Kiran Soma named Fellow, American Association for the Advancement of Science (AAAS)

Kiran Soma

UBC Psychology Professor Kiran Soma has been named a Fellow of the American Association for the Advancement of Science (AAAS), the world’s largest general scientific society.

Dr. Soma has been awarded the distinction of Fellow for his distinguished contributions to the field of behavioural neuroscience, particularly the roles of local steroid synthesis in brain and immune function. Please join us in congratulating Dr. Soma on this well deserved recognition!

Election as a AAAS Fellow is an honour bestowed upon AAAS members by their peers in recognition of their scientifically or socially distinguished efforts to advance science or its applications.

Dr. Soma is excited, honoured, and humbled to receive this election from his peers. “It’s very humbling when I look at the list of AAAS Fellows,” says Soma, Professor of Psychology. “I’m grateful to Janet Werker and my other sponsors, as well as to all the undergraduates, graduate students, postdoctoral fellows and research scientists that have been in my lab at UBC. What an amazing group of people that I get to work with on a daily basis.”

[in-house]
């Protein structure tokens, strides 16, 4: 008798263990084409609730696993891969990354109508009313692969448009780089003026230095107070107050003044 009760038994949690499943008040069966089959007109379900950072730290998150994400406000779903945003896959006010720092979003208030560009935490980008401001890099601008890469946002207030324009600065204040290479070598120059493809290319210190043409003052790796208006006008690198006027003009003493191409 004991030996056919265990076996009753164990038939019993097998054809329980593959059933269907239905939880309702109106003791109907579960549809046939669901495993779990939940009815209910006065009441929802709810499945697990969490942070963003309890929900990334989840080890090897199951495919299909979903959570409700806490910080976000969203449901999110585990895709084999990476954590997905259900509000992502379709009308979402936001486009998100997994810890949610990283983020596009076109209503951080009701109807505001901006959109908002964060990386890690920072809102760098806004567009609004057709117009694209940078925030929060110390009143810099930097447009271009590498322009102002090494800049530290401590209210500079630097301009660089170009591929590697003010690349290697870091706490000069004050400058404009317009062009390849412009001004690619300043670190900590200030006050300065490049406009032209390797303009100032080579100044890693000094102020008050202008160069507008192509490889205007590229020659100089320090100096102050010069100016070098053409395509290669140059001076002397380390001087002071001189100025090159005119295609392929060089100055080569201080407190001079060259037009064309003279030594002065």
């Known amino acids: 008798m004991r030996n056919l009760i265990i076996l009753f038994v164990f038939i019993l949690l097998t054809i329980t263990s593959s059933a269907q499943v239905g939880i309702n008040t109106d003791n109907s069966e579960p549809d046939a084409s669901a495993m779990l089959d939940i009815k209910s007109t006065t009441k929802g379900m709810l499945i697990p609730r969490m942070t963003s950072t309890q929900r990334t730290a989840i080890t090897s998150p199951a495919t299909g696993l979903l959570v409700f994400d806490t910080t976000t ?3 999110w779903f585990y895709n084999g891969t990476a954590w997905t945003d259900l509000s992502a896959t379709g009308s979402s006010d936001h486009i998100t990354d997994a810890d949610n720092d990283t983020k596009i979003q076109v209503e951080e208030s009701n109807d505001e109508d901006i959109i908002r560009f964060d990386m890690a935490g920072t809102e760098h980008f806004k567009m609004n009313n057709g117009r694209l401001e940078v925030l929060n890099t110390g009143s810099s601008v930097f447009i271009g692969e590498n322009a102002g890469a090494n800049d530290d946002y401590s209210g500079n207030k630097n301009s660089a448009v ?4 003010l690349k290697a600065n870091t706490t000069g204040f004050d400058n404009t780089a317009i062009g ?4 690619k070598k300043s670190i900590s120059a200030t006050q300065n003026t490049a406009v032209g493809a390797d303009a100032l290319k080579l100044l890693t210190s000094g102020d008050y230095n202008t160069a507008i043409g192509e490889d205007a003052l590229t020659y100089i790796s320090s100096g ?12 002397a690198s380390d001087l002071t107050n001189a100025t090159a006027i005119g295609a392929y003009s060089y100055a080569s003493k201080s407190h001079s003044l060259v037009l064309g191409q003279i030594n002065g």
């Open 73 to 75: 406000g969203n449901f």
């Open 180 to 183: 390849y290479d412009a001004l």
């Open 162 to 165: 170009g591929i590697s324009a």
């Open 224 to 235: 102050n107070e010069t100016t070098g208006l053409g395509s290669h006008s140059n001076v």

“The AAAS plays a crucial role in advancing science and it was without hesitation that Kiran’s name was put forward for this fellowship,” says Janet Werker, UBC Psychology Professor and a AAAS fellow herself. “Kiran is an outstanding scientist and the impact of his work on the international research community is significant. His research has been referenced in journals from a broad array of scientific disciplines, showing that his work has great interdisciplinary appeal.”

This year 347 members have been awarded this honour by AAAS. Dr. Soma and the other new Fellows will be presented with an official certificate and a gold rosette pin on February 13, 2016 at the AAAS Fellows Forum during the 2016 AAAS Annual Meeting in Washington, D.C. More.

Dr. Soma joined the Department of Psychology at UBC in 2004. He received his PhD from the University of Washington in Seattle and was a postdoctoral fellow at the University of California, Los Angeles. He is a recipient of a Killam Faculty Research Fellowship and a Killam Faculty Research Prize. In addition he has received a CIHR New Investigator award, a MSFHR Scholar award, and numerous service and merit awards. He is an active member of the Society for Behavioral Neuroendocrinology. His research expertise is behavioural neuroscience, neuroendocrinology, neuroethology, aging, diet, exercise, and immunology.

-Bonnie Vockeroth

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